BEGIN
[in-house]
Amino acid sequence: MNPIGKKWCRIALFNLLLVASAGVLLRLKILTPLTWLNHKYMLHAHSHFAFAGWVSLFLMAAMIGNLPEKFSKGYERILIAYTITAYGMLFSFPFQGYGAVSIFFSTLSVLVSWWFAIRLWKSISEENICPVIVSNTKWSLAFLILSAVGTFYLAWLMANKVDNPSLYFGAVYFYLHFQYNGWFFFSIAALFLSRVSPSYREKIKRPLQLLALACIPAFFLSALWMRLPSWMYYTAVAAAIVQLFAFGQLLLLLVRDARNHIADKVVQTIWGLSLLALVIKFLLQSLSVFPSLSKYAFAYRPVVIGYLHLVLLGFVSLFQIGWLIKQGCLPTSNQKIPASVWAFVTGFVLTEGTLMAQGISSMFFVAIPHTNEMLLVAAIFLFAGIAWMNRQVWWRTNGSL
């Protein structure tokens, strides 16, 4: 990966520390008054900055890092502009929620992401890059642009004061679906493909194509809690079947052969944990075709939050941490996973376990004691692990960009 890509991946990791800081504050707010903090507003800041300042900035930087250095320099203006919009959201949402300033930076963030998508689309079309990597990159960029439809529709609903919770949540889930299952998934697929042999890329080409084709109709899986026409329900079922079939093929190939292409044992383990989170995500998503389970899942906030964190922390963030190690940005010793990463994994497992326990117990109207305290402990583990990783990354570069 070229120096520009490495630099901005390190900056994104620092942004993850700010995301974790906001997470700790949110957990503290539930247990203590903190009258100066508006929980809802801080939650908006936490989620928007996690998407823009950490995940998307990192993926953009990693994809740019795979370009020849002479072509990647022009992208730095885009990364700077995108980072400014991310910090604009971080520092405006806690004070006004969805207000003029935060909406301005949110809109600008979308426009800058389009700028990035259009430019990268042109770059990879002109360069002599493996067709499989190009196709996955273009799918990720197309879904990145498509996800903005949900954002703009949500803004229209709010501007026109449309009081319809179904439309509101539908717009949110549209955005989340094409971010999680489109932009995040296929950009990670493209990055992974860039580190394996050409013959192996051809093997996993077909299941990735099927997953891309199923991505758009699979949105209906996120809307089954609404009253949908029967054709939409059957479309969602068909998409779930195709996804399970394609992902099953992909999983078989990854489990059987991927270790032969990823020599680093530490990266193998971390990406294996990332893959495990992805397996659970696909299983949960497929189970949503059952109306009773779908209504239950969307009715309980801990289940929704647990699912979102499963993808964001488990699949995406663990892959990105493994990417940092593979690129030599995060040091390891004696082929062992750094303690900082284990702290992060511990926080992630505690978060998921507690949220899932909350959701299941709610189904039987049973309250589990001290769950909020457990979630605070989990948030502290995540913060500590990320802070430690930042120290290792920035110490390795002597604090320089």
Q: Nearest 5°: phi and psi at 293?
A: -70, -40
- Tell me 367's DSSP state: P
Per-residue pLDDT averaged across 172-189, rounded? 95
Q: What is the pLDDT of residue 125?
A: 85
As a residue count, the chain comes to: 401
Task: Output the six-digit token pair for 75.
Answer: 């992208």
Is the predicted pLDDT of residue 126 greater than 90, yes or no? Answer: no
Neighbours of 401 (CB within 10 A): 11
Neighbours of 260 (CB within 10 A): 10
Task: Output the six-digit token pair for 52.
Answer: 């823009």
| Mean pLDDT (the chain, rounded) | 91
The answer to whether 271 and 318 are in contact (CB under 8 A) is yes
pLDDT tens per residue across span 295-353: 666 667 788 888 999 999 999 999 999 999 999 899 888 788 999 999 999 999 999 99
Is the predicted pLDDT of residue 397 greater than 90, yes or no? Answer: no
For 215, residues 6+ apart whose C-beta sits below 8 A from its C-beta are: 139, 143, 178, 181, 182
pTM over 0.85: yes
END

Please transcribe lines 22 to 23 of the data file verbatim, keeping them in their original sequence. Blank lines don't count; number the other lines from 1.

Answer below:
For 215, residues 6+ apart whose C-beta sits below 8 A from its C-beta are: 139, 143, 178, 181, 182
pTM over 0.85: yes